Preprint Review Version 1 Preserved in Portico This version is not peer-reviewed

What are the Impacts of Sugarcane Production on Ecosystem Services? A Review

Version 1 : Received: 26 February 2020 / Approved: 27 February 2020 / Online: 27 February 2020 (10:56:50 CET)

A peer-reviewed article of this Preprint also exists.

Journal reference: Annals of Agricultural Sciences 2020
DOI: 10.1016/j.aoas.2020.10.001


Since the 1950s sugarcane production has grown rapidly from less than 0.5 billion tonnes in the late 50s to reach over 1.9 billion tonnes in 2012 on about 27 million hectares of agricultural land. This expansion has been boosted by the high demand for bioethanol promoted as a sustainable bioenergy source which accounted in 2010 for the biggest share of the global biofuel market. Despite its benefits, the scientific debate on sugar is growing especially that counterarguments are so many, including negative impacts on different interacting ecosystems and human well-being, e.g. bigger stress on land and water resources, environmental externalities on air, a harmful impact on the biodiversity and endemic species, negative environmental externalities, health, and socio-economic aspects. This paper provides a narrative systematic review (SR) of the impacts of sugarcane production on these different ecosystems employing the ecosystem services framework for its acceptance by policy-makers. The references included for the SR were 163 and results showed that the majority of the studies are from Brazil, Australia, South Africa and the USA (≈ 75% of the literature), most of them were from peer-reviewed journals (85%), and most of the case studies adopted a quantitative research approach (93%). The literature assessed showed that sugarcane, like all agro-systems, depends on the practices and techniques to transform negative impacts into positive externalities on ecosystems and human well-being. However, the literature studied failed to include the inter-linkage in sugarcane production impacts’ and therefore to evaluate the related ecosystem services with respect to the Millennium Ecosystem Assessment (MA) framework to account for existing trade-offs. Therefore, the findings are addressed to the scientific community and decision-maker for an intensification of interdisciplinary and integrated research based on the MA framework to cover all ecosystem services, for sustainable development of the sugarcane sector.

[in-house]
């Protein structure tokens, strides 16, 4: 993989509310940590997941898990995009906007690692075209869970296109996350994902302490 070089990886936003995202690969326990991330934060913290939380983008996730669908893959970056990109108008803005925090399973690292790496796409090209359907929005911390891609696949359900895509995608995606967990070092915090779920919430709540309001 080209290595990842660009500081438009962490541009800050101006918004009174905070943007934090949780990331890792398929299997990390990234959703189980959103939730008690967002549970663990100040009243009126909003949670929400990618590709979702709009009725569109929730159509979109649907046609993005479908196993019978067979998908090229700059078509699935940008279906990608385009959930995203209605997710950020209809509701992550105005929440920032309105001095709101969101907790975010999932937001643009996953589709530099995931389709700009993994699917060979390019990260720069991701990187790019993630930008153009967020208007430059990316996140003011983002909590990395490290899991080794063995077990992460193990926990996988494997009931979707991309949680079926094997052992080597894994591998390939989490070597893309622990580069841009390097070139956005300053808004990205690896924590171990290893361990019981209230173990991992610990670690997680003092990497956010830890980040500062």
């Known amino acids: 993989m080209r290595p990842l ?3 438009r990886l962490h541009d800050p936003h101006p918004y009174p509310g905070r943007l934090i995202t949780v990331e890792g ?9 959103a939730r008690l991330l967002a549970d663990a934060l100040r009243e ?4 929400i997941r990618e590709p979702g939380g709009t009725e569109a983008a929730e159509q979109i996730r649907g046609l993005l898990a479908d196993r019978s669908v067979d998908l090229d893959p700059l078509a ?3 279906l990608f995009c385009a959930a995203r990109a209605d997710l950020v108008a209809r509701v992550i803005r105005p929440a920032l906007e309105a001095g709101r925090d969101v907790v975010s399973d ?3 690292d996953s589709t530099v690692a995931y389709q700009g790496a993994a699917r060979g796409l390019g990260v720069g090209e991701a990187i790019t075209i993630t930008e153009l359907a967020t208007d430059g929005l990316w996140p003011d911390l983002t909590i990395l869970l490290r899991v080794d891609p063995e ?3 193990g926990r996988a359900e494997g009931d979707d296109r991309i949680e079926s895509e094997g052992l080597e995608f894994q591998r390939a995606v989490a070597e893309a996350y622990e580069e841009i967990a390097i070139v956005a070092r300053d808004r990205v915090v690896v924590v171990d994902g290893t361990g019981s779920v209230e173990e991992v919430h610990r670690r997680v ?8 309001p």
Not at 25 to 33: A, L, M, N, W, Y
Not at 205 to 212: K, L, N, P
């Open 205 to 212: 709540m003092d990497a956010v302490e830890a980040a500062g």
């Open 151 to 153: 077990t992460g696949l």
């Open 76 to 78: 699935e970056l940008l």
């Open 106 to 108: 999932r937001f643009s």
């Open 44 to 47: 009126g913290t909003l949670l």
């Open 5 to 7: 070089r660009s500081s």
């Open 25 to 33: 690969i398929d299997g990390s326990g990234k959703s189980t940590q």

Sugarcane, impacts, ecosystem services, human well-being, agro-systems, sustainability



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